KYSO Flash
Knock-Your-Socks-Off Art and Literature
Issue 10: Fall 2018
Ekphrastic Haibun Story: 178 words

Last Dance

by Kathryn J. Stevens
—After Dance Marathon (1934), Philip Evergood

Come on darling you can’t fall over now. Not after forty-nine damn days. Not when there’s only a few hoofers still standing. If we can keep our knees off the floor for just a bit longer, we got us a chance to win that thousand bucks, maybe more.

Lemme rest my head on your shoulder, and you press up against me. That way we’ll make it past them folks sitting fat and easy behind the rail. Used to hate the staring and the whispering. Don’t care no more.

Straighten up, the floor man’s moving in. I always know when he’s coming on account of that stinking cigar. Word is he’s a skirt chaser. For sure he’s been grinning at me so hard his eyes just about disappear.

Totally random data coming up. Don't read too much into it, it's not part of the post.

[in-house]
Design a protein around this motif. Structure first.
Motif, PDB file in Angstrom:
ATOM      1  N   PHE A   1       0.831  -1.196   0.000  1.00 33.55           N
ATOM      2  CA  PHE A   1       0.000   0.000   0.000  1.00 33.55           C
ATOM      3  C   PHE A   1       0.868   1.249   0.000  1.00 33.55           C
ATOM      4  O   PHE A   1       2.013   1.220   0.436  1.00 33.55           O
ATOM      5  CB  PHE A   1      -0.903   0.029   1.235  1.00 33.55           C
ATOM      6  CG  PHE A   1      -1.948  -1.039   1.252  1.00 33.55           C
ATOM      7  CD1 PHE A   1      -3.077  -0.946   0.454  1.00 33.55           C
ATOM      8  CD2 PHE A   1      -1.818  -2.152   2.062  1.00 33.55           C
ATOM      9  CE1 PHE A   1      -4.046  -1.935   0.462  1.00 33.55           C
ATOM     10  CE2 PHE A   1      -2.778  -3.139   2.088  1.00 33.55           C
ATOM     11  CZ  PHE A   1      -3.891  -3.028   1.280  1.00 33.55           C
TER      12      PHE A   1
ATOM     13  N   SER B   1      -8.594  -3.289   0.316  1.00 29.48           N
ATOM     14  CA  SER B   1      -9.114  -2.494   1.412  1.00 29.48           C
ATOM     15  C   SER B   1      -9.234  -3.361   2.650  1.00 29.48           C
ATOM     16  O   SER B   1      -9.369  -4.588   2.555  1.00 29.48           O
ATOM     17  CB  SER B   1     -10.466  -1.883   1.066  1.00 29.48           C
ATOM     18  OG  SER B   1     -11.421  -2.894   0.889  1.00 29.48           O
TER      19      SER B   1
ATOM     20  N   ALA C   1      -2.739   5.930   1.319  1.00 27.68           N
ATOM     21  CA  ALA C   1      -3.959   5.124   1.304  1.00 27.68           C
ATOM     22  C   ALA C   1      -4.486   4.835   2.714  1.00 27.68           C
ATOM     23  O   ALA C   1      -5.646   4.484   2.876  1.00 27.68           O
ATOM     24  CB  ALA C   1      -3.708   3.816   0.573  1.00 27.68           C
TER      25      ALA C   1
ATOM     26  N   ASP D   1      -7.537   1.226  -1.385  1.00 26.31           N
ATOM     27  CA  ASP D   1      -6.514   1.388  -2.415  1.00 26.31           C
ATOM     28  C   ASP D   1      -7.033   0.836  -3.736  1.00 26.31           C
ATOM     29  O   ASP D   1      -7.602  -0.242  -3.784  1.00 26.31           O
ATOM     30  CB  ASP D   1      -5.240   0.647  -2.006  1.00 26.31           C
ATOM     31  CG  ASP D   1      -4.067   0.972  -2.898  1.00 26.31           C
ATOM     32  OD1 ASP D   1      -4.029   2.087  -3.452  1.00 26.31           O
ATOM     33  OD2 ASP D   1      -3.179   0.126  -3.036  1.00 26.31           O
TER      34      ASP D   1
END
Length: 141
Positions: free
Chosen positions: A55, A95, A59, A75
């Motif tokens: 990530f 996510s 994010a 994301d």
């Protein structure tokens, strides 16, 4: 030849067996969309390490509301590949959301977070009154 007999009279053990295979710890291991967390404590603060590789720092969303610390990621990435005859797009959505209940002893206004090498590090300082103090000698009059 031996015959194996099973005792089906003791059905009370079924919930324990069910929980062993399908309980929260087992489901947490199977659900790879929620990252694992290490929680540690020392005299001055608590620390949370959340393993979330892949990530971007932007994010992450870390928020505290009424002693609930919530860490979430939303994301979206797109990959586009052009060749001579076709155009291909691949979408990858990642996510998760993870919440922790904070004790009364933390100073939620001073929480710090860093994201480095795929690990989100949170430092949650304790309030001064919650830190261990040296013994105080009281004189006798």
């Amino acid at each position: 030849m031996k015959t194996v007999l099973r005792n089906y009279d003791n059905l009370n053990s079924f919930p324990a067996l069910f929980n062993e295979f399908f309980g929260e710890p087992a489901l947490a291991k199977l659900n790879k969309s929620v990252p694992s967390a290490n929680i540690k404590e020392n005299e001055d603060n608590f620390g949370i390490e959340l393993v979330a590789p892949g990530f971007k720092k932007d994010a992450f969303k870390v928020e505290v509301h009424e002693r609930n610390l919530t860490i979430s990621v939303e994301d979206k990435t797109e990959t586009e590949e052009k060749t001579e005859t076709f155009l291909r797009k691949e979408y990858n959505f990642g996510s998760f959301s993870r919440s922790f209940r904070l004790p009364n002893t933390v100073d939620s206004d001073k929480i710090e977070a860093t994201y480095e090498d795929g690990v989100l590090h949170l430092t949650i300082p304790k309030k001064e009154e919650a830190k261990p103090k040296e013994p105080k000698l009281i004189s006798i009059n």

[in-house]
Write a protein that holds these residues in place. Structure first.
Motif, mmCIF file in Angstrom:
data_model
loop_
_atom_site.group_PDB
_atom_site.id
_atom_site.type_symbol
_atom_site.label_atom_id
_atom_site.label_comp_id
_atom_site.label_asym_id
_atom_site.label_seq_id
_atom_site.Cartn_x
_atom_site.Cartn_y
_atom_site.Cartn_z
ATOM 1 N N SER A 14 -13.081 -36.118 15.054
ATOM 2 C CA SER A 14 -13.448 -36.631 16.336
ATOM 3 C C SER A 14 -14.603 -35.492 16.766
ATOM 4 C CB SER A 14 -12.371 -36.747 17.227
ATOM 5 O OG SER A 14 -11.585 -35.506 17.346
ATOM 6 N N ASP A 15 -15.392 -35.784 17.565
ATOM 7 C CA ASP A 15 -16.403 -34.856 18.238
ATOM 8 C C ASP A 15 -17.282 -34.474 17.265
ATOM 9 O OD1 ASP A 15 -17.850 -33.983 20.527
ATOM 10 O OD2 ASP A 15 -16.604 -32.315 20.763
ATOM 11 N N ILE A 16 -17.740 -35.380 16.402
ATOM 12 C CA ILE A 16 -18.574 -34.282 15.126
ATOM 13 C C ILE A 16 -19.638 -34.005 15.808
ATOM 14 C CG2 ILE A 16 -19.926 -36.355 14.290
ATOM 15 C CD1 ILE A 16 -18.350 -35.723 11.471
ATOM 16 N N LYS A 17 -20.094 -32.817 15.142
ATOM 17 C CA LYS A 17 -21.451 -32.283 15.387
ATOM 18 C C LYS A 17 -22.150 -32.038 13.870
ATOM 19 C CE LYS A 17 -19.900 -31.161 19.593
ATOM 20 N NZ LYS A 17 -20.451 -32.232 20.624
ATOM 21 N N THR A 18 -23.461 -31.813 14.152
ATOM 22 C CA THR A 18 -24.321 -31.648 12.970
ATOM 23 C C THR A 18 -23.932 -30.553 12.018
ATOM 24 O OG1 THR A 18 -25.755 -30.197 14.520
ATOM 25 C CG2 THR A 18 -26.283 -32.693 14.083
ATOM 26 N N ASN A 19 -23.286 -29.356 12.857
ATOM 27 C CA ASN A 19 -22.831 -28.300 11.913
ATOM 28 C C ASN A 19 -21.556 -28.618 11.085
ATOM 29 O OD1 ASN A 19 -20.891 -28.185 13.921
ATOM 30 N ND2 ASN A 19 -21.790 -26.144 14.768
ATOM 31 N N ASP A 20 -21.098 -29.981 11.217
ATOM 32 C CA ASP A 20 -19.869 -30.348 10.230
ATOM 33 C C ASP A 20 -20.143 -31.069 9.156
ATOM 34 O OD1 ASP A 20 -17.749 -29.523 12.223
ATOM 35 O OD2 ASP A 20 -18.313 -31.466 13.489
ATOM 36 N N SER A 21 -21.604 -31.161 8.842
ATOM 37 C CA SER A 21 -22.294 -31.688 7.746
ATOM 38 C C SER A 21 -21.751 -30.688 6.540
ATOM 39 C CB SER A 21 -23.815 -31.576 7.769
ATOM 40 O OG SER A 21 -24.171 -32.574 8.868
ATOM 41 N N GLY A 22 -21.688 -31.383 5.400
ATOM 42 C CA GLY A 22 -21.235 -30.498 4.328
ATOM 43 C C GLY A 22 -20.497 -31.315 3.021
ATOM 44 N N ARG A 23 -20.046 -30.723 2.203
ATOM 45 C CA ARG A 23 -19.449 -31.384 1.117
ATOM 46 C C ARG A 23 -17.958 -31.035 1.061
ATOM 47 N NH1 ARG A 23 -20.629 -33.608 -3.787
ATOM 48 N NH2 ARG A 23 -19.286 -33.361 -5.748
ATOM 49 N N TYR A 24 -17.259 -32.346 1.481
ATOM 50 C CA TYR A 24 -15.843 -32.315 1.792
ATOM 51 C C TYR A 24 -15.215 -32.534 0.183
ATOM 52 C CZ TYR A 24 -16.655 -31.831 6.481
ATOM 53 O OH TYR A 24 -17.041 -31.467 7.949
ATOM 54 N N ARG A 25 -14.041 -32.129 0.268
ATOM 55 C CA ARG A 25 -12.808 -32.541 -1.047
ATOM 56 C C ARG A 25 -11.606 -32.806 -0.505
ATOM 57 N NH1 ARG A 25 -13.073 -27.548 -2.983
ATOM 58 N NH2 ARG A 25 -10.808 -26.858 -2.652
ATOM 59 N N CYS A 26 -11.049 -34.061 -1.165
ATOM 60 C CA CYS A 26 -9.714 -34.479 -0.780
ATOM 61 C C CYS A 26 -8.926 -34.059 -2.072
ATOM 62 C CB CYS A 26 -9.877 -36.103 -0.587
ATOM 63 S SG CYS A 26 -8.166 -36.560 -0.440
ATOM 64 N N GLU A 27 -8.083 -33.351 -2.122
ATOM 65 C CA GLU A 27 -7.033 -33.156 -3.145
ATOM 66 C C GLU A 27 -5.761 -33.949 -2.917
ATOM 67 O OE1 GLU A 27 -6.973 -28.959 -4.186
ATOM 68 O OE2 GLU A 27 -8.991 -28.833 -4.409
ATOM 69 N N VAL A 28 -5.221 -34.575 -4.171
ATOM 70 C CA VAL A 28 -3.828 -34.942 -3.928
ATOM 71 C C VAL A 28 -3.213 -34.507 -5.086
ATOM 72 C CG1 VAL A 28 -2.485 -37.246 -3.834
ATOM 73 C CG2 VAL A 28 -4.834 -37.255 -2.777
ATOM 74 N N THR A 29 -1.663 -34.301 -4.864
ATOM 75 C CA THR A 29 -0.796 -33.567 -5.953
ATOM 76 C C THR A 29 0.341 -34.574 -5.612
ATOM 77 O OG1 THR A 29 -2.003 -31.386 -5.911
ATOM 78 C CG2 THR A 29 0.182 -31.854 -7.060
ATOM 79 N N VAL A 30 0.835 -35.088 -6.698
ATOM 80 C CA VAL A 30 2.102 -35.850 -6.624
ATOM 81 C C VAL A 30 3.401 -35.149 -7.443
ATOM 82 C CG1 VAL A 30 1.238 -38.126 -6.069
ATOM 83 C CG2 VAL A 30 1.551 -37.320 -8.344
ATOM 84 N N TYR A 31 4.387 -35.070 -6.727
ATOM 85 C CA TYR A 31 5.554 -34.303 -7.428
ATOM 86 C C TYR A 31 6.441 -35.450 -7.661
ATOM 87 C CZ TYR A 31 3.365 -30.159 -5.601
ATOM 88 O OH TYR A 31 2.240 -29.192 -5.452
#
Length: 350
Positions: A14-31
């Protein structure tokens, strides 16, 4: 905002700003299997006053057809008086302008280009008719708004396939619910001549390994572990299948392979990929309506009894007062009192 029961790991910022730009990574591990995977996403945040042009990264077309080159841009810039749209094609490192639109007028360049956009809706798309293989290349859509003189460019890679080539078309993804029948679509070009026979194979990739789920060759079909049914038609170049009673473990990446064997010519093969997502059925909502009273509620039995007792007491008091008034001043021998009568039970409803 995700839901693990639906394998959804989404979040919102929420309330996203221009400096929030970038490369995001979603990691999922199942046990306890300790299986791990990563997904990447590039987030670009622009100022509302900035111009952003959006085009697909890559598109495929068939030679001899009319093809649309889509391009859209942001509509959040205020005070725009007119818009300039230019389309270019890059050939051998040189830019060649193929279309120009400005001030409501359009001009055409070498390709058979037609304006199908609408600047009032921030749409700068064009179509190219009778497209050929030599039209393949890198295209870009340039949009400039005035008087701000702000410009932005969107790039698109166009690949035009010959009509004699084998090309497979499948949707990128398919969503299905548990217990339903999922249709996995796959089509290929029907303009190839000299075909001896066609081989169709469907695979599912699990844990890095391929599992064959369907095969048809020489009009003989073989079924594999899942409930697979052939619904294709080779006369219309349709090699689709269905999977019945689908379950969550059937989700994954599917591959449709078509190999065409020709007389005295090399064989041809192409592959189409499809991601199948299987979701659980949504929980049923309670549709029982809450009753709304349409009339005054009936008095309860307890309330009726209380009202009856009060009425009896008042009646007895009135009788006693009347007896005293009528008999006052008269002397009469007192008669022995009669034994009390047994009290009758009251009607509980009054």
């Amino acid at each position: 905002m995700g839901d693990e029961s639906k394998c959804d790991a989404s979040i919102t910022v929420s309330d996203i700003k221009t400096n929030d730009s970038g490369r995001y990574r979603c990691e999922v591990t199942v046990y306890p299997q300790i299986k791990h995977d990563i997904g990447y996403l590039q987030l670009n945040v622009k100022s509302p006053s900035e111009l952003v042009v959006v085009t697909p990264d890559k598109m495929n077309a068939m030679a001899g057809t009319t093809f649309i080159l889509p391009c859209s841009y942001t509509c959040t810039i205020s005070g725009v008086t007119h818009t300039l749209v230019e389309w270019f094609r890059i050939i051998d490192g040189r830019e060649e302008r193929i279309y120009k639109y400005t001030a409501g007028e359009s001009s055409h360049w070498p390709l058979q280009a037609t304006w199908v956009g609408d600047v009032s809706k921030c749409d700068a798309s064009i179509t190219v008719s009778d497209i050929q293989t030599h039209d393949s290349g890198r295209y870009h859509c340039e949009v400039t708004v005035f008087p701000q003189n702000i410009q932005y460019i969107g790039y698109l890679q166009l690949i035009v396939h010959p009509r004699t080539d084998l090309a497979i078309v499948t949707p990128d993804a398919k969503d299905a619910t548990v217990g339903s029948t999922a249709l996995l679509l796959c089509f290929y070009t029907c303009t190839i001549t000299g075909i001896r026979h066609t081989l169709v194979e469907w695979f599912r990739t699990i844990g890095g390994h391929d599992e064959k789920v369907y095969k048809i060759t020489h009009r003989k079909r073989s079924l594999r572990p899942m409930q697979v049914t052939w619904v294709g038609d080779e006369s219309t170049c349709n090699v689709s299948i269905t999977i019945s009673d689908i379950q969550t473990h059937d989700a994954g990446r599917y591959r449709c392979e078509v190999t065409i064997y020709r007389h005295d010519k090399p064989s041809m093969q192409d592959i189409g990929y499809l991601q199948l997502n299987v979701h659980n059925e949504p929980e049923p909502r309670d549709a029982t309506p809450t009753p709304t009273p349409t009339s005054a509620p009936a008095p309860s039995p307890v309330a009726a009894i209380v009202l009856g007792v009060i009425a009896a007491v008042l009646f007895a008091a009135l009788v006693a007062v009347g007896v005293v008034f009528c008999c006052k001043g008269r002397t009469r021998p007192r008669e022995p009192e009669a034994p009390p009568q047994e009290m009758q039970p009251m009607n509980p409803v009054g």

Heard a scout’s come from Hollywood. Can’t you just see us swanking around that movie town—you driving a snazzy convertible and me in white fur, sporting a diamond big as a marble shooter.

alley doorway
the flicker of yes
in a smile



Publisher’s Note:

Dance Marathon, an oil-on-canvas painting by North American artist Philip Evergood (1901–1973), resides at the Blanton Museum of Art, The University of Texas at Austin. Visit Artnet online for more information about the artist, including a gallery of hundreds of his works.

Kathryn J. Stevens
Issue 10, Fall 2018

worked in marketing communications with IBM and before that with one of the divisions of The State University of New York at Albany. Her poems have been published in a variety of online and print venues, including Modern Haiku, Frogpond, Ribbons, Haibun Today, Contemporary Haibun Online, The Heron’s Nest, and KYSO Flash. She currently lives with her husband and a rather cantankerous cat in Cary, North Carolina.

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